Monday, March 30 2020


More foreign ownership to boost stocks

Update: February, 24/2016 - 08:05

Investors follow transactions on local stock exchanges at Bao Viet Securities Company in Ha Noi. — VNS Photo Truong Vi

HA NOI (VNS) — Vinh Hoan Fisheries on Monday became the third listed company to offer 100 per cent of its ownership to foreign investors after Government Decree 60/2015/ND-CP took effect.

The decree, which took effect in September, allows foreign investment without limits in public companies that are not listed as conditional businesses, and in Government and corporate bonds.

Conditional businesses are those that receive closer Government's control to ensure national defence security or social safety and order.

Sai Gon Securities Inn (SSI) was the first to open itself completely to foreigners in 2015. Everpia Viet Nam JSC (EVE) did the same on February 3. EVE then quickly raised its foreign ownership to 58 per cent from 49 per cent. On February 19, EVE shares ended at VND34,400 (US$1.5), an increase of 32 per cent compared with when it had a room limit.

On Monday, after VHC announced foreign investors could own 100 per cent of the company, shares in the fisheries company grew 0.9 per cent to reach VND34,200 in the HCM Stock Exchange.

After the annual general shareholder meeting at the beginning of the month, Hoang Huy Investment and Services JSC (HHS) was completing procedures to open the company to foreign investors.

At the same time, Viet Nam Dairy Products Joint Stock Company or Vinamilk (VNM) consulted with shareholders about closing seven businesses it had registered. According to experts from HCM Securities Company (HSC), the move will allow it to open up further to foreign investors.

Allowing 100 per cent foreign investment will be a hot trend in 2016 and help attract more investors, according to a report by HSC.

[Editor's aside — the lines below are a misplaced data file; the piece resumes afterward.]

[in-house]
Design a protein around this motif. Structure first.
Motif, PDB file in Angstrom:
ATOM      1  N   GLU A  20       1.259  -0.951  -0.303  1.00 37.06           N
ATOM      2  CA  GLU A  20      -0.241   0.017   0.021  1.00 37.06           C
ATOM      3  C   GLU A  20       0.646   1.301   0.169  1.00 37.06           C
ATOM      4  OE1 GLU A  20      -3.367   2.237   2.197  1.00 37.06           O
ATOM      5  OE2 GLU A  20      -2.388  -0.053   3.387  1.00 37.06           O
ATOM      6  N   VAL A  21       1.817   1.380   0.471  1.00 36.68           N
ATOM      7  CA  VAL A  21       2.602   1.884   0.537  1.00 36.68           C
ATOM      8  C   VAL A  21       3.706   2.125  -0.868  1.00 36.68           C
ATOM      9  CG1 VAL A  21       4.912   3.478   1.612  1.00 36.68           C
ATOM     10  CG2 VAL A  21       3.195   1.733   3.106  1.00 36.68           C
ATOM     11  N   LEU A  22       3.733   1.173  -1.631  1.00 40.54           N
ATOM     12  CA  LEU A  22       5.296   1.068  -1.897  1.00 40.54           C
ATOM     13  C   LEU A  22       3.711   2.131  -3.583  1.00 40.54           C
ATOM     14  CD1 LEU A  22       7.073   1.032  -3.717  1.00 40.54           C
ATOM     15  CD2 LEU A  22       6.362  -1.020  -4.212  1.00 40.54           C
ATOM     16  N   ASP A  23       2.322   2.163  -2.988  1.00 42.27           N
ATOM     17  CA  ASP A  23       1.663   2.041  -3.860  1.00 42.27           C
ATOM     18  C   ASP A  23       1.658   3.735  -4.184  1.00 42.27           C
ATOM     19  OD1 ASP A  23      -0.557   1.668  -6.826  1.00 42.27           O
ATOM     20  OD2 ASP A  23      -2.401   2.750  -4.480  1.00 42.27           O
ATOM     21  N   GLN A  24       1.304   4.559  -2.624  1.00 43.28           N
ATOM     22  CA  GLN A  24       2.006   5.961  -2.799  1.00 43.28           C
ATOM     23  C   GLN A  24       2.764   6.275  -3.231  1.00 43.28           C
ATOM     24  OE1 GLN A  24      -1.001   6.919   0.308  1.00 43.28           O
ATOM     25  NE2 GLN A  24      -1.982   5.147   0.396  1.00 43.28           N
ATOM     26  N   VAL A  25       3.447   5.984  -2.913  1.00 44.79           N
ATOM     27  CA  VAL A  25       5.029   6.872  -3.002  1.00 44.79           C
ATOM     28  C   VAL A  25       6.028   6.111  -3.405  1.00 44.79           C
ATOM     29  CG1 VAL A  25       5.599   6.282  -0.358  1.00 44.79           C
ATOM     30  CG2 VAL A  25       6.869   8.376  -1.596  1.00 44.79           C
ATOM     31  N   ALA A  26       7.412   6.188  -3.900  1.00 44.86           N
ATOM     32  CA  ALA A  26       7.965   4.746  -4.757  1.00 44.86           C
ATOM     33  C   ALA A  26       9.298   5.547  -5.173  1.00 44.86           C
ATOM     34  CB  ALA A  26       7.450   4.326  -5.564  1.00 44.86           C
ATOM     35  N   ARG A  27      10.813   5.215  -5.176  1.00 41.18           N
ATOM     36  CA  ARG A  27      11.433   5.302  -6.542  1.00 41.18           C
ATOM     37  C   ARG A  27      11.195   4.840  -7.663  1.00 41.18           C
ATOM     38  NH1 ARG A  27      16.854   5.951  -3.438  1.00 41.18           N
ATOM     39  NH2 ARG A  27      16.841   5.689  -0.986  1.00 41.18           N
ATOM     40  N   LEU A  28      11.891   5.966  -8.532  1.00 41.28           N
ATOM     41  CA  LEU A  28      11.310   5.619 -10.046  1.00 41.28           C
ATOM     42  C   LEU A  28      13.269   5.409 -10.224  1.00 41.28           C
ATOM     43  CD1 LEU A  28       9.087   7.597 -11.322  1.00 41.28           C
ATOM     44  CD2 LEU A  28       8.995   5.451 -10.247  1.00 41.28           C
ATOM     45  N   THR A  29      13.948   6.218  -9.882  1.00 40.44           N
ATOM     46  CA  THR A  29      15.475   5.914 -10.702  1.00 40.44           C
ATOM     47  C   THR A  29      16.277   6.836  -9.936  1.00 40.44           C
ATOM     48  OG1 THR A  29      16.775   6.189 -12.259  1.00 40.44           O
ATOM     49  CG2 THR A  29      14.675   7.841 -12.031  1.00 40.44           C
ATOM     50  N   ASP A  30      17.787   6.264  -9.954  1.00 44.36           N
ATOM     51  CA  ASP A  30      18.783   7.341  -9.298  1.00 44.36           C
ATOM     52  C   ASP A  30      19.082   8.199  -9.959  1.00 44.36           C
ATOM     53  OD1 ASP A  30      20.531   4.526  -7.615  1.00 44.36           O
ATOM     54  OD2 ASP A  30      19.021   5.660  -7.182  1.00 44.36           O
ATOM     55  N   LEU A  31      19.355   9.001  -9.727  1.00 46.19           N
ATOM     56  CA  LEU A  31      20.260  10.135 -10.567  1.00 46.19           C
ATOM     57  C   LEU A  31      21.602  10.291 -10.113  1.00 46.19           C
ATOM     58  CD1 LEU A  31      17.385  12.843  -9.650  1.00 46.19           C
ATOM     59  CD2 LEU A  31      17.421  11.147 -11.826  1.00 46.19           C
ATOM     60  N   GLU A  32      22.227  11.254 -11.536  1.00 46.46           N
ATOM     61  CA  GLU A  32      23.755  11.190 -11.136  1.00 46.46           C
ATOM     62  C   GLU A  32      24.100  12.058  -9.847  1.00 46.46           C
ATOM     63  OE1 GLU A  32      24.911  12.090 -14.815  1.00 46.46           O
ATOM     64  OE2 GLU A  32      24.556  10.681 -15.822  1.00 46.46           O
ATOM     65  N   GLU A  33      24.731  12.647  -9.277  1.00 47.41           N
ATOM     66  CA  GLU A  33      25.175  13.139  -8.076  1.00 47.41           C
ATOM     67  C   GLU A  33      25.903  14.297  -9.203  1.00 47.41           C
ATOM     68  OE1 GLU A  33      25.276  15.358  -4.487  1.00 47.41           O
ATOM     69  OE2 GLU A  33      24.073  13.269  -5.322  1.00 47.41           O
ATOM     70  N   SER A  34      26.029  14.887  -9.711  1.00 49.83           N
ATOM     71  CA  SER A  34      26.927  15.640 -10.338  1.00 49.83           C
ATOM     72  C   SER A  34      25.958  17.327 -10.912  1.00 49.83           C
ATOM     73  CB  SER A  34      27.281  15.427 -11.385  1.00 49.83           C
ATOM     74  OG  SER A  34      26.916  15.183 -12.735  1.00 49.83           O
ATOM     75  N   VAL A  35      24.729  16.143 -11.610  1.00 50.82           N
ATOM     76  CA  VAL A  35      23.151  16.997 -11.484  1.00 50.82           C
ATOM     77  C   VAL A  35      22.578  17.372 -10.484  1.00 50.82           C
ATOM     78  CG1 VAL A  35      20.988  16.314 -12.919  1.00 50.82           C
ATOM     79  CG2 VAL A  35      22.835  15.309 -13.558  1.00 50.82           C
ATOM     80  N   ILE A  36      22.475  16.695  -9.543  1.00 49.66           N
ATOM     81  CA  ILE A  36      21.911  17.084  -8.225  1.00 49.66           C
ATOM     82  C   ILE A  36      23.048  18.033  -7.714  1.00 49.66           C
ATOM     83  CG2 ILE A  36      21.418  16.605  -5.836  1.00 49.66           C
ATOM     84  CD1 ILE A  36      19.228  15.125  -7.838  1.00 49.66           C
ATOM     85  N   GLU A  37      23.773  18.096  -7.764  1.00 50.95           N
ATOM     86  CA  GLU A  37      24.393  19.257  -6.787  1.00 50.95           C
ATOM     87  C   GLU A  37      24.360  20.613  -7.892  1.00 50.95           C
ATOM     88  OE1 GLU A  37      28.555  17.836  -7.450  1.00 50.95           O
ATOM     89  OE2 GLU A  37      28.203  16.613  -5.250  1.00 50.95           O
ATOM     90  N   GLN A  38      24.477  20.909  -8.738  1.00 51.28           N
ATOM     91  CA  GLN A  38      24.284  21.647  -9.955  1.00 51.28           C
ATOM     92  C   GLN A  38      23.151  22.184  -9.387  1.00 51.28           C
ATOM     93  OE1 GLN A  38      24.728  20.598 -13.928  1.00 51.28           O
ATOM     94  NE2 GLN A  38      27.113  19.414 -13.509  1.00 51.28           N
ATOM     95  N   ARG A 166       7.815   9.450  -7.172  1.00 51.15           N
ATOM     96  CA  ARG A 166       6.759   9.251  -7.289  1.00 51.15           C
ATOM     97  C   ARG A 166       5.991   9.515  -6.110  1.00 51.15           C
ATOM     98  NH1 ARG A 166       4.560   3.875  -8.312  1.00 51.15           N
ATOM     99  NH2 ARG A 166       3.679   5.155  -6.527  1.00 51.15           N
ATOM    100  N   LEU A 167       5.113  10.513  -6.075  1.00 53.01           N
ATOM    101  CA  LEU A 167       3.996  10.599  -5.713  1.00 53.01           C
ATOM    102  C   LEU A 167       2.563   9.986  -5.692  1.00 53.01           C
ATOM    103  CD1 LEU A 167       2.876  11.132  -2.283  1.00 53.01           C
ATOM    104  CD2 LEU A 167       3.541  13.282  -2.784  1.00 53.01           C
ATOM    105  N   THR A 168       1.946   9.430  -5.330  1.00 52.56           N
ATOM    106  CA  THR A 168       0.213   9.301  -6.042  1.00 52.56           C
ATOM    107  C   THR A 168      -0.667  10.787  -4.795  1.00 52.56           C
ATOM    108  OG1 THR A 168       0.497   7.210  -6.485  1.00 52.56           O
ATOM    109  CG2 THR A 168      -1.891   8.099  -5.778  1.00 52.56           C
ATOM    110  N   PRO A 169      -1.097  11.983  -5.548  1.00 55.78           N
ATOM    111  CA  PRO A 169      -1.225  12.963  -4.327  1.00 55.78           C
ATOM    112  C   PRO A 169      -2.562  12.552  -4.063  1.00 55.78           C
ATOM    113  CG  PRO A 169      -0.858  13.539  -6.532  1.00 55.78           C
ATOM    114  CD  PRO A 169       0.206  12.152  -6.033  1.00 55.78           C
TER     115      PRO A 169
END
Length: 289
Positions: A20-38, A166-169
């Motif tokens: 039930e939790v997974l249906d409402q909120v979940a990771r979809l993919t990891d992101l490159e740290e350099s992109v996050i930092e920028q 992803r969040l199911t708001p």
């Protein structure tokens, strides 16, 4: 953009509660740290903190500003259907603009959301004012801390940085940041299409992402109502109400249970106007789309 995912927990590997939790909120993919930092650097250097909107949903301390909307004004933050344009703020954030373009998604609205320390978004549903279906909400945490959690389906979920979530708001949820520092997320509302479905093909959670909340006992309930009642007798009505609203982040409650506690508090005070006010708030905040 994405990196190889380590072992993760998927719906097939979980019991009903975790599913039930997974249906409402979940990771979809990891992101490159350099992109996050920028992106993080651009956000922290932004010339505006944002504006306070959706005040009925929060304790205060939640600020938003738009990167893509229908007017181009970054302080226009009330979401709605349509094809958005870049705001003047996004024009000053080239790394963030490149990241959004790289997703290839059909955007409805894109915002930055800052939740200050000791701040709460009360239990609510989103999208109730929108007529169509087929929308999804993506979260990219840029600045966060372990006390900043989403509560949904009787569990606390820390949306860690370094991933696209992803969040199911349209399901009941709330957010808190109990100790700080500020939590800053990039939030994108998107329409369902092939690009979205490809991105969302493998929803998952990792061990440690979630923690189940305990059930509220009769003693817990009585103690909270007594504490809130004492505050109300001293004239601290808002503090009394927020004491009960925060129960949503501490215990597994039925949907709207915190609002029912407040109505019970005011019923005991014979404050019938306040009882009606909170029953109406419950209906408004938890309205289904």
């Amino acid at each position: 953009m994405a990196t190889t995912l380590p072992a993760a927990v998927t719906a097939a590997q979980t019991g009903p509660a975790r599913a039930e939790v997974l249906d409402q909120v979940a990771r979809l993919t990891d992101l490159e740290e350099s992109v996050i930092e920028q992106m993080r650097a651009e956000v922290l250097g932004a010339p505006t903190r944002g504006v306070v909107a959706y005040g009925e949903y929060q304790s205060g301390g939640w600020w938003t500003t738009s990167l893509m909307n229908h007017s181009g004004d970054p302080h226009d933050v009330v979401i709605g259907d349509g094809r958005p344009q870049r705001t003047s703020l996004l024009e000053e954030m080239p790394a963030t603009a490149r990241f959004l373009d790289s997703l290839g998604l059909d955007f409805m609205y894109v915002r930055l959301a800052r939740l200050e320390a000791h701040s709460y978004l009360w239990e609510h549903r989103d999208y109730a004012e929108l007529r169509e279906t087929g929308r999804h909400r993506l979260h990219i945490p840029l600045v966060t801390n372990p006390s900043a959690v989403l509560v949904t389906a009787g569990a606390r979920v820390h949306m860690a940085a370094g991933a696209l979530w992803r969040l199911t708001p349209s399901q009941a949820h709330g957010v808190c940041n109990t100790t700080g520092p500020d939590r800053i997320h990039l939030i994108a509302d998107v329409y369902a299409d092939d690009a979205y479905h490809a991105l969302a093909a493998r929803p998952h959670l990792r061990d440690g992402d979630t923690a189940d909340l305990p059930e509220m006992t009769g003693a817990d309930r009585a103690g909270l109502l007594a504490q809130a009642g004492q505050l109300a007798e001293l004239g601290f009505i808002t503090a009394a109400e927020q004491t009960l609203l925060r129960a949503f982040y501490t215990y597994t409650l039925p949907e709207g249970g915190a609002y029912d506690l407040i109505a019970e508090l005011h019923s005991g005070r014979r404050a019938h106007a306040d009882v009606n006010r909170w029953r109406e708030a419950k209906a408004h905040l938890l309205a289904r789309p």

The company said shares of companies expanding foreign ownership such as EVE, VHC, BIC and MBB increased sharply after their decision to open up.

Vu Bang, chairman of the State Securities Commission (SSC), said the SSC would release a draft circular that removed all obstacles in decree No. 60 and the investment law.

Since the decree took effect in September, local companies have had difficulties identifying as Vietnamese, because if foreigners make up 51 per cent or more of their investors, they must under law be listed as foreign businesses.


Bang said the SSC would meet in March with Morgan Stanley Capital International (MSCI), a US-based company that analyses equity and hedge fund stock market indexes, to ask it to improve the Vietnamese market's listing from Frontier Market to Emerging Market. In 2013, Viet Nam did not have a better status, as index publisher refused to give the country the new status unless it eased up on foreign ownership limits.

According to Bloomberg data, the Qatar Exchange Index and the UAE's Abu Dhabi Securities Market General Index increased 38 per cent in the following 12 months after they were named Emerging Markets in June 2013. The ADX General Index of Abu Dhabi reached its peak of 5,253.4 points on May 29, 2015, an increase of 115.3 per cent from May 31, 2013 when MSCI decided to boost its status to Emerging Market.

Qatar's stock market recorded foreign investment of $2.3 billion. Dubai's stock market received about $1.35 billion in foreign investment in 2014 after leveling its status.

In the first nine months of 2014, Indonesia's and the Philippines' stock markets gained $4.2 billion and $1.3 billion respectively from foreign investors after becoming Emerging Markets. In 2014, the Vietnamese stock market recorded a foreign net buy of $175 million. — VNS

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